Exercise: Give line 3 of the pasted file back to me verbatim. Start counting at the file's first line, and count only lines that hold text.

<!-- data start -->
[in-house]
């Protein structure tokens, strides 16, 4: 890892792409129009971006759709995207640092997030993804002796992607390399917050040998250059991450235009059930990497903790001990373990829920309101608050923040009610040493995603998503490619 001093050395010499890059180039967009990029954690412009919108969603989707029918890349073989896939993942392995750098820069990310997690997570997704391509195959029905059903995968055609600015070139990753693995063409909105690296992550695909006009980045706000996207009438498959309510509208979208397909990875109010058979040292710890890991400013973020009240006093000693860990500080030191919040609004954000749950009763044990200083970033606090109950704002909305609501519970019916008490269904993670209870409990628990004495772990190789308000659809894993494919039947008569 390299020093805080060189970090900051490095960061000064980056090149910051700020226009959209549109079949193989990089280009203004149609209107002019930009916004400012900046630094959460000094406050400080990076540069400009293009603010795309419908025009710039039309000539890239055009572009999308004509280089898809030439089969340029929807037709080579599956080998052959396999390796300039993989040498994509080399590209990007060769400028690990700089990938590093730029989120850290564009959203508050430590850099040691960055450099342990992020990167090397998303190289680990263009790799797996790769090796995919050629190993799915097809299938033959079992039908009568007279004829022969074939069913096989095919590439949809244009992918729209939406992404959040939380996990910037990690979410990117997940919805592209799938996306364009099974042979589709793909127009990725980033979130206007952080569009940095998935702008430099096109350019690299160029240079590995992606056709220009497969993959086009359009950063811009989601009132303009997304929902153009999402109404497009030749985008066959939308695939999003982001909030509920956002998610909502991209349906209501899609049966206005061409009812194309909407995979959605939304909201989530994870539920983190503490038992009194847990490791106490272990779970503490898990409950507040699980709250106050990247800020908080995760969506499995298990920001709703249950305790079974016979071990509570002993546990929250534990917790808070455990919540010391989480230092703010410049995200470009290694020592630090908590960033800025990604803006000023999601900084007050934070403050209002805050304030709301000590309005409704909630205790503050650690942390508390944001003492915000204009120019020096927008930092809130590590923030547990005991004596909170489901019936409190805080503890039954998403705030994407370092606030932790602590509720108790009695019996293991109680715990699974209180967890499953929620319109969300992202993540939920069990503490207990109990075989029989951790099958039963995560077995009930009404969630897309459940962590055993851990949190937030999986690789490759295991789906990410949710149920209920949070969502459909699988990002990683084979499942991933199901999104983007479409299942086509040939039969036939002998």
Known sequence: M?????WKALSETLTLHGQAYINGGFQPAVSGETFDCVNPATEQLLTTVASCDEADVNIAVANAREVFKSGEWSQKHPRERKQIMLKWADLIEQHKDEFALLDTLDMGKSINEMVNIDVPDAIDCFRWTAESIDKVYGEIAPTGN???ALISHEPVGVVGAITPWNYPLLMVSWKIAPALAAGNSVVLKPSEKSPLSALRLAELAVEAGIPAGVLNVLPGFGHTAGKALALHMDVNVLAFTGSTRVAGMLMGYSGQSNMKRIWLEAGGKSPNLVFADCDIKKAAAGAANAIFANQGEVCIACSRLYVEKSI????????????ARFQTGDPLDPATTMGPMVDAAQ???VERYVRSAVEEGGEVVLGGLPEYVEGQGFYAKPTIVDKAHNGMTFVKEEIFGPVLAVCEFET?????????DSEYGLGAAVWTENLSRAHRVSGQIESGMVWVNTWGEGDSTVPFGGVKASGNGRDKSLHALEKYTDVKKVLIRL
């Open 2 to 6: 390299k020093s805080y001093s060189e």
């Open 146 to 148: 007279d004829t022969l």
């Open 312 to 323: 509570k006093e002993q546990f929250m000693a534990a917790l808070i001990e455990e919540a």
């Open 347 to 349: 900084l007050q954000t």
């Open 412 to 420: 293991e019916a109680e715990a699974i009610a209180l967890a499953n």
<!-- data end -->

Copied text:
Known sequence: M?????WKALSETLTLHGQAYINGGFQPAVSGETFDCVNPATEQLLTTVASCDEADVNIAVANAREVFKSGEWSQKHPRERKQIMLKWADLIEQHKDEFALLDTLDMGKSINEMVNIDVPDAIDCFRWTAESIDKVYGEIAPTGN???ALISHEPVGVVGAITPWNYPLLMVSWKIAPALAAGNSVVLKPSEKSPLSALRLAELAVEAGIPAGVLNVLPGFGHTAGKALALHMDVNVLAFTGSTRVAGMLMGYSGQSNMKRIWLEAGGKSPNLVFADCDIKKAAAGAANAIFANQGEVCIACSRLYVEKSI????????????ARFQTGDPLDPATTMGPMVDAAQ???VERYVRSAVEEGGEVVLGGLPEYVEGQGFYAKPTIVDKAHNGMTFVKEEIFGPVLAVCEFET?????????DSEYGLGAAVWTENLSRAHRVSGQIESGMVWVNTWGEGDSTVPFGGVKASGNGRDKSLHALEKYTDVKKVLIRL